Warm Fuzzies: Foster families worth extra efforts

By Teyha Tournier

foster2Imagine screaming, yelling and fighting to stay calm only to have the rug pulled out from under you. Imagine facing new people each and every day. Imagine making new footsteps in an unmarked territory. No, really, imagine that. Doesn’t sound like sunshine and butterflies, does it?

According to ChildrensRights.org, there are approximately 650,000 kids who spend time in foster care each year. This mean each kid is stepping into a new environment every single day.

When my little brother first officially joined the family, we rejoiced. It was like finding the missing puzzle piece to our family; he had finally found his way to his home. Little did we know, after so much change, every day wouldn’t be as perfect as adoption day.

Reactive attachment disorder (RAD) affects infants by the lack of attachment to any specific caregiver, parent or guardian, and results in a inability for the child diagnosed to form normal, loving relationships with others.

I never would think that this would be the issue with my brother, Ty.

He is the kid who loves interacting at school, the kid who gives me an endless amount of hugs every day and the kid who makes sure every single family member of the house says goodnight, but we were all introduced to the idea of Ty having RAD only a few months ago.

It hurts me to know what my six year old brother has been through, that some stranger out there physically and emotionally abused him, that they are the reason h
e acts the way he does.

No one can come close to imagining the things he has seen, heard and experienced.

Ty arrived at our home on Dec. 4, 2013, and let me tell you, the first six months of fostering Tysean was absolutely terrifying and one of the hardest things to watch, feel and hear.

“We did not want to give up on Ty because if we did, then someone else might, and the cycle goes on. As a family we talked about the adoption process for Ty and if he was forever fit for our family,” Melanie Tournier, my and Ty’s mother, said.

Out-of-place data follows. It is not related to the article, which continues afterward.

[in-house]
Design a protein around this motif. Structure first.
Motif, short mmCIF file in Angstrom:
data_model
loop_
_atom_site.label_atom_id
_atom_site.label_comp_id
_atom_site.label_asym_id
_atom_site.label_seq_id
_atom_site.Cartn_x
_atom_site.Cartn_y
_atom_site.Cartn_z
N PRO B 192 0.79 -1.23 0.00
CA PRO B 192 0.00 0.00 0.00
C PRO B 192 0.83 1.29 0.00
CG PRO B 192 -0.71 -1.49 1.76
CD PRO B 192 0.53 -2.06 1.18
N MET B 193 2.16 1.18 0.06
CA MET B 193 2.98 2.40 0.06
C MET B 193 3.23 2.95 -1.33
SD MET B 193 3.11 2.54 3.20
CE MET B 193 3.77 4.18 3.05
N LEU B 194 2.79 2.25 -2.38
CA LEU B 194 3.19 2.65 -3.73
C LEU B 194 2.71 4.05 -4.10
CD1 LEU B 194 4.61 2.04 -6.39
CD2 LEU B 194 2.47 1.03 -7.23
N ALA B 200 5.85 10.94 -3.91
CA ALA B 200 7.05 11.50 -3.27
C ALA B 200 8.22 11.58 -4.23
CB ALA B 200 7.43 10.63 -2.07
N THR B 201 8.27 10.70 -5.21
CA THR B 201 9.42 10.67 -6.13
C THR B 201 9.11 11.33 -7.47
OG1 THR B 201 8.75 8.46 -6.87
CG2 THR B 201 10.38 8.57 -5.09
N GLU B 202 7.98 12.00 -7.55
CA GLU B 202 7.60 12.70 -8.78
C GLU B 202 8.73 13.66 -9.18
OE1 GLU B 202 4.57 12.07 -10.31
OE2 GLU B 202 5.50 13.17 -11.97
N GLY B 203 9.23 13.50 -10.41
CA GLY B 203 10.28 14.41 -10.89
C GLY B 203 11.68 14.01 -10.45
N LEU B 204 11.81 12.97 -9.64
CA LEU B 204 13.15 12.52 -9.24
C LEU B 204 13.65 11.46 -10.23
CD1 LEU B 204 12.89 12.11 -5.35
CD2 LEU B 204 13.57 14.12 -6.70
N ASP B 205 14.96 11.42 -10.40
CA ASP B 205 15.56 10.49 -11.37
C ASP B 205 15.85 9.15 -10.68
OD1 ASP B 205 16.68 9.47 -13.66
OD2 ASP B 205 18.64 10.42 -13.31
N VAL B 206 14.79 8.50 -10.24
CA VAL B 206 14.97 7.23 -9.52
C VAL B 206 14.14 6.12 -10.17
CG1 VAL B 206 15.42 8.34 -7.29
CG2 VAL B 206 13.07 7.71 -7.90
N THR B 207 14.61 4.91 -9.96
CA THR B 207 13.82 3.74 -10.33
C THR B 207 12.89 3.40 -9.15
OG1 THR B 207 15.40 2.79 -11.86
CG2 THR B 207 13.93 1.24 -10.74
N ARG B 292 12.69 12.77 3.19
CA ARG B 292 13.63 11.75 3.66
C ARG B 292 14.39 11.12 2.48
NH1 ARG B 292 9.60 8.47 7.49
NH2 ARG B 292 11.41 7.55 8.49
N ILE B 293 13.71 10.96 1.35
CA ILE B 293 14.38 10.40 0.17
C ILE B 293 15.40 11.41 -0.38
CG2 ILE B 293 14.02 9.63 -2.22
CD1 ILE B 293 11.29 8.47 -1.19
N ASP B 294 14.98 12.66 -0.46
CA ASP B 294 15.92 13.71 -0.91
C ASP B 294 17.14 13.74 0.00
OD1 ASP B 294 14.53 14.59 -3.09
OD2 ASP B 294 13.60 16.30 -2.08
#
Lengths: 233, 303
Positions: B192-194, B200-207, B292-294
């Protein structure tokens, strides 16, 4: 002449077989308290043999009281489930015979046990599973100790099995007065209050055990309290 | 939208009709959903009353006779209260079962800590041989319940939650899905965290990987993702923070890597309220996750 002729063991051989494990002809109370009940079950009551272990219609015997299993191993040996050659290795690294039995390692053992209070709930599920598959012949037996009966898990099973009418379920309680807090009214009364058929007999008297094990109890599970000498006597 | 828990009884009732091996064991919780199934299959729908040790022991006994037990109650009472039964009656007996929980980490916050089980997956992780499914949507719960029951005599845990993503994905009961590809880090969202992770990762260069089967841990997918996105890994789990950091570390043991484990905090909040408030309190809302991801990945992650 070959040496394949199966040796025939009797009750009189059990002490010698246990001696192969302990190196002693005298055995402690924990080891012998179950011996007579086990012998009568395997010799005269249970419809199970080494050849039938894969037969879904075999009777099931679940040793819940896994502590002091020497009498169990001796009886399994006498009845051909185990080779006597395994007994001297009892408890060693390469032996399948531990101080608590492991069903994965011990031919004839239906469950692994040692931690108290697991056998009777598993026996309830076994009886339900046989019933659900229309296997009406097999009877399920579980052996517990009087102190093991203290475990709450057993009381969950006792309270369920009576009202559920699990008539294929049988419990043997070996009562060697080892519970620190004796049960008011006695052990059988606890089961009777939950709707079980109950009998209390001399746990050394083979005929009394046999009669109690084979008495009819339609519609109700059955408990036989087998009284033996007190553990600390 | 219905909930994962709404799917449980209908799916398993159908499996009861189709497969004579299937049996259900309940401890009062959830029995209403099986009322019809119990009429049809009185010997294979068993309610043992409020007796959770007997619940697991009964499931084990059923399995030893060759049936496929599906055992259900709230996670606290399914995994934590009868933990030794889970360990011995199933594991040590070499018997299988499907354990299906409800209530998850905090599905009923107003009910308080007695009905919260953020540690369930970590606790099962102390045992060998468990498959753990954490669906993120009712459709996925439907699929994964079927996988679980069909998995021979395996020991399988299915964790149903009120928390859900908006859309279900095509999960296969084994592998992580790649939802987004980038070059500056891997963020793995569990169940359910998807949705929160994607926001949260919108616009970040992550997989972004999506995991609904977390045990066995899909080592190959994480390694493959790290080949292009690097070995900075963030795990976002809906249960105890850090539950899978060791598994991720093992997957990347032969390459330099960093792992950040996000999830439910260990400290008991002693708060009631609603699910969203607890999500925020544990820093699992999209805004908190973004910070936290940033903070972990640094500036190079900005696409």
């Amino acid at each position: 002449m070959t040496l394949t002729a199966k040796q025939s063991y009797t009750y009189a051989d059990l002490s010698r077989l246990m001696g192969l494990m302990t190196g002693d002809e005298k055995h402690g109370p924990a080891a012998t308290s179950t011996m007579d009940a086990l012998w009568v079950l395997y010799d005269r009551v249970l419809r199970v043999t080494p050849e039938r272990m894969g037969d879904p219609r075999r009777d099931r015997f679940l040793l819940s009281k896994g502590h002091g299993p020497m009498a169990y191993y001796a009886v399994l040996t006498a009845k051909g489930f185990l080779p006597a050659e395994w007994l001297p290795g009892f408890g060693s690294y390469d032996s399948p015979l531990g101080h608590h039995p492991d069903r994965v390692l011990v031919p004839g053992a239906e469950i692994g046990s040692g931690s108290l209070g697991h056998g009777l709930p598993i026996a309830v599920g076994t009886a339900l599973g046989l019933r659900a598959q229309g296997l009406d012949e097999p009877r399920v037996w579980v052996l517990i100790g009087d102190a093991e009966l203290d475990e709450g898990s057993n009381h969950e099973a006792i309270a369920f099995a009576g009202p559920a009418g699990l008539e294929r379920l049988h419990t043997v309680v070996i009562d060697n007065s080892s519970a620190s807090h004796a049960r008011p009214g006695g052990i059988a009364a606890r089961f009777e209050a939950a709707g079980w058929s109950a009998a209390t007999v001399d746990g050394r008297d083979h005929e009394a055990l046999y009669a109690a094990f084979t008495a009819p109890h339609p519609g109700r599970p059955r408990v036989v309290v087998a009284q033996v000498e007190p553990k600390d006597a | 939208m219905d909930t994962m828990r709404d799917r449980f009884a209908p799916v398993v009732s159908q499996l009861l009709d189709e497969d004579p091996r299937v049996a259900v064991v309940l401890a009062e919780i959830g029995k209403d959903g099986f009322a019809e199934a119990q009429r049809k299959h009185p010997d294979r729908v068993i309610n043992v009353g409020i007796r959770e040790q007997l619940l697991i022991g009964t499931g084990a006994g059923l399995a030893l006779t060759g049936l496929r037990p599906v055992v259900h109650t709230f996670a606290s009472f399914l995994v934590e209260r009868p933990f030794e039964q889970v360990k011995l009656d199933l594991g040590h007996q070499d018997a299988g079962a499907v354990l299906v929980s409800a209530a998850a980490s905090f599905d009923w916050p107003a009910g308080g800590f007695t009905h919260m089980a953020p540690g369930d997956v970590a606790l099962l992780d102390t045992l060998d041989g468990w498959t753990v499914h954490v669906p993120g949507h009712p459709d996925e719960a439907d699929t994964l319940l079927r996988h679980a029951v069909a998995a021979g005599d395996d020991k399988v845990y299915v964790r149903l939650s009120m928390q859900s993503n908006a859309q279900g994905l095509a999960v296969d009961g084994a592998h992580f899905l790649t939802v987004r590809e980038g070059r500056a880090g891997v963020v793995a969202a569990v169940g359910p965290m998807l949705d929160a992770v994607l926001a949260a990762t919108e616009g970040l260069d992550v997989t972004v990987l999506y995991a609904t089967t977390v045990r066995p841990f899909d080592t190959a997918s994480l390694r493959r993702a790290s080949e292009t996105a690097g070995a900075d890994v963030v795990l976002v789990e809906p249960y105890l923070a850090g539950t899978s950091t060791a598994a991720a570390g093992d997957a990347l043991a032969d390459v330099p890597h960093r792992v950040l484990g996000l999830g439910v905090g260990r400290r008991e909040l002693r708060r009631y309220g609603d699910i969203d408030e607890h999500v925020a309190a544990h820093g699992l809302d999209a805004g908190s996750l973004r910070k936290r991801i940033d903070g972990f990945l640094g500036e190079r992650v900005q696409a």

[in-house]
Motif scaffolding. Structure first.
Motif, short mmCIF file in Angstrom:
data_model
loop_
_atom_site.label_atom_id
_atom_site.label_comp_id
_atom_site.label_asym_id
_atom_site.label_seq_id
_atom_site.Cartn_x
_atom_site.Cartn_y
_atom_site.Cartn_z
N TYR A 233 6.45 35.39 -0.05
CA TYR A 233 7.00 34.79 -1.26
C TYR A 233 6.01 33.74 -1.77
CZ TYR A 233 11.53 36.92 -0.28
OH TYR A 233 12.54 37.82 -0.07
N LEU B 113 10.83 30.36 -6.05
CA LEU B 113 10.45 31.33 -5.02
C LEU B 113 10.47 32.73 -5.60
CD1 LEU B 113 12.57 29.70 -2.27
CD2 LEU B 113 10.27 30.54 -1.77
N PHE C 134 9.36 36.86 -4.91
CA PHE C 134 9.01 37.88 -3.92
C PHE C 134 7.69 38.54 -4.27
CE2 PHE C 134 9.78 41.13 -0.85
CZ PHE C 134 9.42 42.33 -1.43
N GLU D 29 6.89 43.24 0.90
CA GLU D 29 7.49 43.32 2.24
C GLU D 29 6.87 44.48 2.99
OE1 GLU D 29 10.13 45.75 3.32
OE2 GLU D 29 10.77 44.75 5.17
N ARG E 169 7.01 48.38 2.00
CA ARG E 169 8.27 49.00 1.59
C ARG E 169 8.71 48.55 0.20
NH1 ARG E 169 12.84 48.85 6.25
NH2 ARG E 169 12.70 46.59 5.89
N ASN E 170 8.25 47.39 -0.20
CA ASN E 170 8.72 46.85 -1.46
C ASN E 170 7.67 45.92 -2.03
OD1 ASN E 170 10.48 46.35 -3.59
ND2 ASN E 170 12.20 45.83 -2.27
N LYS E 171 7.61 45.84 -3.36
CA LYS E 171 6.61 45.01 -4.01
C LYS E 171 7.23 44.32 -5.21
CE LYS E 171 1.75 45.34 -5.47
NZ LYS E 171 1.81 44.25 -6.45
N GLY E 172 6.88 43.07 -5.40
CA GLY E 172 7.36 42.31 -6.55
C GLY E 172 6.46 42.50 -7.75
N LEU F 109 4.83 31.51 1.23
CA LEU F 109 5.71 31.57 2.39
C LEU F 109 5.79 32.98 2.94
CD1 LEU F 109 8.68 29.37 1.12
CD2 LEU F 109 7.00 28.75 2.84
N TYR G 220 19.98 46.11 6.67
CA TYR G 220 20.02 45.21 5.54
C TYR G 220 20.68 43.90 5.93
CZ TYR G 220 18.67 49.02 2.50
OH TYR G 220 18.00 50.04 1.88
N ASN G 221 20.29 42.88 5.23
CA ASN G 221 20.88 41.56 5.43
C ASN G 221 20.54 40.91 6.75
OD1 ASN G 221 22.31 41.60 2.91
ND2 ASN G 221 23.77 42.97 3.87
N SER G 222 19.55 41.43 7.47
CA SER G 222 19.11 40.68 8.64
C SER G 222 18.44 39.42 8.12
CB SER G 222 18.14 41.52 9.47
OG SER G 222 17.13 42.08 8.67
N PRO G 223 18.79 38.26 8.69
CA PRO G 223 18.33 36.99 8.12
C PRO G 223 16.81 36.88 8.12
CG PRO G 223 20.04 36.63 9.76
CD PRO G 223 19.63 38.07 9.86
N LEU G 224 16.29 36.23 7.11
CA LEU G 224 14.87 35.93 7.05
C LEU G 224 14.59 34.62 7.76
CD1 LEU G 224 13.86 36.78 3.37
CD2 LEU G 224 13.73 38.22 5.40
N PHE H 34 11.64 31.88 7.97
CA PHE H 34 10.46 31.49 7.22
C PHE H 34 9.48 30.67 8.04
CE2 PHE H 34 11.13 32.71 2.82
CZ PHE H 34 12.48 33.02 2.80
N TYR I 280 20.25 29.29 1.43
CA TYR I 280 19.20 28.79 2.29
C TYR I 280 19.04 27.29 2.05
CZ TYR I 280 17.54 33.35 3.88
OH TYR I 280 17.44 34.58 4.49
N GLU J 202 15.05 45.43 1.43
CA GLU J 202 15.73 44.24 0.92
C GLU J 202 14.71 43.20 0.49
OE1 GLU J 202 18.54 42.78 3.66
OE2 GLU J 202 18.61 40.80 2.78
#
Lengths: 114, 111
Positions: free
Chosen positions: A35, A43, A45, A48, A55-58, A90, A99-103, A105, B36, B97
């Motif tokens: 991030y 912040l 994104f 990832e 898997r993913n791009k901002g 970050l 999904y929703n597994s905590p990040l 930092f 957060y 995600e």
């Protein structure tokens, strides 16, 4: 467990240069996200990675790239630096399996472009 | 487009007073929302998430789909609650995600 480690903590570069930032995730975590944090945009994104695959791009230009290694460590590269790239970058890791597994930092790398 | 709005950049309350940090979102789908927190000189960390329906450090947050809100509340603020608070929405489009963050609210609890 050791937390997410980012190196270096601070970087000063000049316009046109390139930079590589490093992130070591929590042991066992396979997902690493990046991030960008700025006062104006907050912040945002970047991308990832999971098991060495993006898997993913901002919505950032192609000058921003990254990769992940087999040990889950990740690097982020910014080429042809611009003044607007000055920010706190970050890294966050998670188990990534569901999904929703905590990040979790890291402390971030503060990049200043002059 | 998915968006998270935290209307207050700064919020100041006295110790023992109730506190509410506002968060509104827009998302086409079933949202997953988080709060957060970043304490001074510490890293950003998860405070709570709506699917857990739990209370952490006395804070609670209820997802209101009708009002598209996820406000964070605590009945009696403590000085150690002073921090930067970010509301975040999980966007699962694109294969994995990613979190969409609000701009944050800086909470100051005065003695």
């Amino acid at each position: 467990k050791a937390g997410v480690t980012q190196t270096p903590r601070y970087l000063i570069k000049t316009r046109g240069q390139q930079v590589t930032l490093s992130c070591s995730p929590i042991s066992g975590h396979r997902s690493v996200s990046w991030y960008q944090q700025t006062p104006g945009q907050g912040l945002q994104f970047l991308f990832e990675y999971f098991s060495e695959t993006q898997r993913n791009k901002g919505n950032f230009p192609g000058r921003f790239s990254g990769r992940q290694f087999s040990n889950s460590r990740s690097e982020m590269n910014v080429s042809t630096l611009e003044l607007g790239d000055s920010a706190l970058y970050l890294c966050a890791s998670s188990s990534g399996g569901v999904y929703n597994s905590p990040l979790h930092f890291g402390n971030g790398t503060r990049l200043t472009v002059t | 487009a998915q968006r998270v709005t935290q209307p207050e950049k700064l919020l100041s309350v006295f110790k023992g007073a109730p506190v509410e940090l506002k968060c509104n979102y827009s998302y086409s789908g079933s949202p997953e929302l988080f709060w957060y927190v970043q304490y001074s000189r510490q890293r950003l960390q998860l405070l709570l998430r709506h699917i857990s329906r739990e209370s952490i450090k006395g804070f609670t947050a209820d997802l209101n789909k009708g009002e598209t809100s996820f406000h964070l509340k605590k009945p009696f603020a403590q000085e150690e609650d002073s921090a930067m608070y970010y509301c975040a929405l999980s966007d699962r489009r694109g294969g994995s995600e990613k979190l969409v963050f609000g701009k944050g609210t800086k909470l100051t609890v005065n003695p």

Tournier said with the help of therapy, patience, a strong family, and friends, they got through it all.

“At the beginning it was very hard because his behaviors were out of control, and we were not sure how to handle his outrages, plus it was tearing our family apart,” Tournier said.

For days on end there would be tantrums, screaming, arguing until one day it just stopped. We would go back and forth for months. He would make good choices and be the kindest little boy, and then in a couple more months we would get right back to where we started.

Now things are getting easier. Ty still deals with his emotions differently, has anger and behavioral issues, but he is just like any other six year old on the playground.

“We were able to get things under control and show him the love he never knew,” Tournier said.

He still argues, still pushes buttons, but each day is just a step closer to where he needs to be. To be honest, at first, I didn’t want to adopt Ty. I thought he was hurting my family, but now I know you have to push through the hard times to get to the good, and I wouldn’t trade him for the world.

Since adopting Ty, my family and I had talked about the foster care system and what changes it needed to be better, and we’ve always wanted to help the kids that go through what my brother had encountered.

My little sister came up with a way to incorporate our experience into a way to help kids in the foster system.

She created “Furries For Fosters,” a nonprofit organization that takes new blankets and stuffed animals for donations to babies, kids and teenagers throughout the Cedar Valley foster care system.

Aaliyah wanted to be able to provide new stuffed animals and blankets to help comfort foster kids in their unknown environments.

“I am very proud of Aaliyah on taking the steps to start an organization for foster children. She has a heart of gold and has seen how her stuffed animals and blankets comforted children that we fostered.”

Furries For Fosters has been around for about a year and a half and has donated many stuffed animals, blankets and attended foster care events around the Cedar Valley.

“I think Ty is proud because he always wants to help organize the stuffed animals and blankets. He also wants to be a part of making the videos when Aaliyah puts her goals on Facebook, and I think one of these days we will make that happen.”

Aaliyah has delivered stuffed animals to Allen Child Protection Center, been featured in The Courier, raised $500 for foster kids who have graduated high school and received donations from people states away.

This month her goal is to receive a donation of 150 blankets, and she will continue to collect for the Foster Care Christmas Party on Dec. 13. Those who would like to donate should visit the Furries For Foster Facebook page.

Although every day is a new adventure in the Tournier house, I am very proud of where Ty is today and the accomplishments my family and I have made within the three years Ty has been with us.

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